Mental

  • Year:2012
  • Rating:MA
  • Director:P.J. Hogan
  • Cast:Anthony LaPaglia , Toni Collette, Rebecca Gibney, Liev Schreiber
  • Release Date:October 04, 2012
  • Distributor:Universal
  • Running time:116 minutes
  • Film Worth:$18.00
  • FILMINK rates movies out of $20 - the score indicates the amount we believe a ticket to the movie to be worth

Taking its stylistic cues from its wild leading lady, this daring and darkly-hued comedy matches its subversive laughs with genuine heart.

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Shaking up the notion of what it is to be normal, and then gleefully discarding with it all together, P.J. Hogan’s (Muriel’s Wedding) latest film poses the question of who is more mental: the supposedly normal neighbour next door who scowls while obsessively scrubbing her driveway every day, or a woman who yodels songs from The Sound Of Music and idealises the Von Trapp family? It turns out that “mental” may be a relative term. And in a world where we’re constantly expected to conform, the observations that Mental makes are incisive and resonant.

The woman breaking into impromptu renditions of The Sound Of Music classics is the worn-out Shirley Moochmore (Rebecca Gibney), who is palmed off by her embarrassed politician husband, Barry (Anthony LaPaglia), to psychiatric care. A panicked Barry impulsively recruits a hitchhiker named Shaz (a top-of-her-game Toni Collette) – who may possibly be nuts herself – to look after his five troubled daughters (headed by bright newcomer, Lily Sullivan). But it turns out that the tough-as-nails Shaz comes with personal baggage of her own in the form of a gruff shark hunter (Liev Schreiber, who effortlessly adds gravity and soul to the film).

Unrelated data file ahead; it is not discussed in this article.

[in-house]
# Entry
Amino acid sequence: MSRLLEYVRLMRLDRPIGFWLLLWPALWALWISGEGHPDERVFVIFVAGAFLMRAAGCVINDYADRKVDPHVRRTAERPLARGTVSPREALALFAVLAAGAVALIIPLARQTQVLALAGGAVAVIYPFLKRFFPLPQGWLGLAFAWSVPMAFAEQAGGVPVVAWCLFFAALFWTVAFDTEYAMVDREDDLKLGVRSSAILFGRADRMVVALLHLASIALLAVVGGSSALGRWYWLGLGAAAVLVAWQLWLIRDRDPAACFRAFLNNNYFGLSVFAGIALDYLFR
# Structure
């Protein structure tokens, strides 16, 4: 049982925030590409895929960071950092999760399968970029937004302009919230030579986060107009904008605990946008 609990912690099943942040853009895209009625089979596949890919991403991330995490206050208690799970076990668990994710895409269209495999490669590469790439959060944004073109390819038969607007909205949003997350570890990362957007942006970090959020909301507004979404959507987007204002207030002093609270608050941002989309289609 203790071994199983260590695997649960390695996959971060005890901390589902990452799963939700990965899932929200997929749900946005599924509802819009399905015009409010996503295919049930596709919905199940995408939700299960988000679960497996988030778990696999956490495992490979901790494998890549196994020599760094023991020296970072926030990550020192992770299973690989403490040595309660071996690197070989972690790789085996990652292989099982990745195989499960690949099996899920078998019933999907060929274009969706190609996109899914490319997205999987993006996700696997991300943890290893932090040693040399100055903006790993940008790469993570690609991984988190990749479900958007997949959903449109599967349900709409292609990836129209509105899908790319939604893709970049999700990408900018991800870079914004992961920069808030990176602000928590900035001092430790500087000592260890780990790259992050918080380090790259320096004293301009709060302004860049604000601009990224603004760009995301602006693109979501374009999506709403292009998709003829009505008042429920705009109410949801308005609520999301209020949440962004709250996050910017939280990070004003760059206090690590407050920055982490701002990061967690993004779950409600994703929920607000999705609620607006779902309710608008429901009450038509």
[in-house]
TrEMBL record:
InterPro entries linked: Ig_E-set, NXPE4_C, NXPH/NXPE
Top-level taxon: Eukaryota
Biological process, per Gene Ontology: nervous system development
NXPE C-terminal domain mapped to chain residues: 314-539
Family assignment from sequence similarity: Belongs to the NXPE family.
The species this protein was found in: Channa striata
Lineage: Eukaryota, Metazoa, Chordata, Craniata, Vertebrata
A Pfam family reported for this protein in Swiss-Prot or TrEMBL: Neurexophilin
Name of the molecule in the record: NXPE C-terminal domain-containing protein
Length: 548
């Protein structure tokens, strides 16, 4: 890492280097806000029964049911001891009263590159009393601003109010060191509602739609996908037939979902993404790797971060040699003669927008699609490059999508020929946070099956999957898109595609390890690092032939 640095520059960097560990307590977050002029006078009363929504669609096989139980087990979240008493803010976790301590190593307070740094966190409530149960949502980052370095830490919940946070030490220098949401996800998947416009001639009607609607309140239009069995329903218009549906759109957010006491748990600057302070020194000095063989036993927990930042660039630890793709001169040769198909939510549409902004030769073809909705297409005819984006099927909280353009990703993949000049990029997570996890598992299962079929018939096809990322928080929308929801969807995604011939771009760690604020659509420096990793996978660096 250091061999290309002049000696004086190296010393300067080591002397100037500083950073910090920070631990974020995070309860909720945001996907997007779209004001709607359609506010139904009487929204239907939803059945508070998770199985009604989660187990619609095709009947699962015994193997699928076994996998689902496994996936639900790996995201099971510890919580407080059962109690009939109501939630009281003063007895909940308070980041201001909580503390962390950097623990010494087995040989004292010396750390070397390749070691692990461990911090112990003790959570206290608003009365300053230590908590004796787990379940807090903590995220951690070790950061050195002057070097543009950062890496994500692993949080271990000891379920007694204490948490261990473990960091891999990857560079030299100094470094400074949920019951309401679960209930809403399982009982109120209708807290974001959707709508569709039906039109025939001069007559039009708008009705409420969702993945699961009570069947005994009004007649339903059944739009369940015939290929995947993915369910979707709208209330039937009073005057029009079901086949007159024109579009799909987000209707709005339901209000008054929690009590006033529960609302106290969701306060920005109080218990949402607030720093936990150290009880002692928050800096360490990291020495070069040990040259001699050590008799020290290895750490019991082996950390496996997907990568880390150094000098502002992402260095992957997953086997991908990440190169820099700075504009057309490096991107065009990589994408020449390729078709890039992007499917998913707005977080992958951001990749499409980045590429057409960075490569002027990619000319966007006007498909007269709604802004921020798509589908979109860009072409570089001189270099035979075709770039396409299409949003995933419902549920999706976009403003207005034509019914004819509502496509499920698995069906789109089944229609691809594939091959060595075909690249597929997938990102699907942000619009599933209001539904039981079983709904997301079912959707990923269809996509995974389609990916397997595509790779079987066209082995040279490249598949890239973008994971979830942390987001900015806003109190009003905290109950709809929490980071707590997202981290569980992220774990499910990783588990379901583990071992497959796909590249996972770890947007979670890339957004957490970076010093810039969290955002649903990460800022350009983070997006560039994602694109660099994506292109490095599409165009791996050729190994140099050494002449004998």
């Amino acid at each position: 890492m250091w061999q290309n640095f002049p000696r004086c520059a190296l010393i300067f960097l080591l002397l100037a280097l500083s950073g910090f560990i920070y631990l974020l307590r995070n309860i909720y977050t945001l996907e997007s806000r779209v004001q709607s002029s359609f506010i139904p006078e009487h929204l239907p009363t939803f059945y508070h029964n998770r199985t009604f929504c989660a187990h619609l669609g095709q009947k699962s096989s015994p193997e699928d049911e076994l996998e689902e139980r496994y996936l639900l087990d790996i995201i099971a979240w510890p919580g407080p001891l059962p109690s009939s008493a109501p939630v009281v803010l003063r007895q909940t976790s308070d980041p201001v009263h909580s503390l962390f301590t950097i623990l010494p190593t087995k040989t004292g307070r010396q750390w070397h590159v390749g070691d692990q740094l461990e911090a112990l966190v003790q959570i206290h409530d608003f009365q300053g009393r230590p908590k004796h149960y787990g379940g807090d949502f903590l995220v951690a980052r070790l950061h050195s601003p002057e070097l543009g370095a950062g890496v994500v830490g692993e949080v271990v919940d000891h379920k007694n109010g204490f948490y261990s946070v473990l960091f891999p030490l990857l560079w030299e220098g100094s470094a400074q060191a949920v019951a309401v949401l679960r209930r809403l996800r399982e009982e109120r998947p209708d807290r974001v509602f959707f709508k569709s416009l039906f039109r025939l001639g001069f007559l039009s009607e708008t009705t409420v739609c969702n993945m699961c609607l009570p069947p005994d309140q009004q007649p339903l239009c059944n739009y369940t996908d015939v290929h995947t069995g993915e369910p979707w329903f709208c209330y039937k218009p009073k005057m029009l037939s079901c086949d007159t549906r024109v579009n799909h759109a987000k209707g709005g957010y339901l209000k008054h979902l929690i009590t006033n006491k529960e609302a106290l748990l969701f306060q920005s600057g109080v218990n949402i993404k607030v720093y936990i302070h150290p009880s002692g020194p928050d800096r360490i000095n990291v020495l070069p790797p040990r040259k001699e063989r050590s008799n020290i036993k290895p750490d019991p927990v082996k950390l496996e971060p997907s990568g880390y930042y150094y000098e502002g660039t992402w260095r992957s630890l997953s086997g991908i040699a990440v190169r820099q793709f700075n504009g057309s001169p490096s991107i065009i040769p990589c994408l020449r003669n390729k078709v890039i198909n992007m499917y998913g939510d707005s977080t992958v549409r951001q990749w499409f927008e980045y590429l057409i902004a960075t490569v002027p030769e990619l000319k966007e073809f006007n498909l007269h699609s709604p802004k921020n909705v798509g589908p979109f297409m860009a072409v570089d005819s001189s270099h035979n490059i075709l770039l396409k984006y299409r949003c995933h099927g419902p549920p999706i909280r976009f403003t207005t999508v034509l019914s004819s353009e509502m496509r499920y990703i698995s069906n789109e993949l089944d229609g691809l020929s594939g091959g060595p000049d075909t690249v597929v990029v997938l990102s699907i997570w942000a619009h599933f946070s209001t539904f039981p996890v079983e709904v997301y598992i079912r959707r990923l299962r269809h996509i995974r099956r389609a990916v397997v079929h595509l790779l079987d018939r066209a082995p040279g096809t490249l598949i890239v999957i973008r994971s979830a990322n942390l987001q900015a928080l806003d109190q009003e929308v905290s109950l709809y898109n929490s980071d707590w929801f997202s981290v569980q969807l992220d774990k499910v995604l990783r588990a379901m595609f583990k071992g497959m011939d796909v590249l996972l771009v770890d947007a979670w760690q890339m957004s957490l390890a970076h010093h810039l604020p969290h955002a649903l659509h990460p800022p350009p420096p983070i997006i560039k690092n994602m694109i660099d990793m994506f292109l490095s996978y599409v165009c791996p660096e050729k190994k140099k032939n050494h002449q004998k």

Daring, joyfully delirious, and darkly funny, Hogan’s picture is as irrepressible as its wild leading lady. Though kicking the often tragedy-tinged laughs into twisted, subversive and outrageous places, Hogan always remains in control of the chaos. And while he may aim to upend stereotypes, the director doesn’t shy away from the realities of mental illness with a couple of truly wrenching moments. On its surface, Mental may seem a shiny and broadly sketched piece, but lurking beneath is a strange mix of tones, which Hogan has deftly pulled together into something pretty special.

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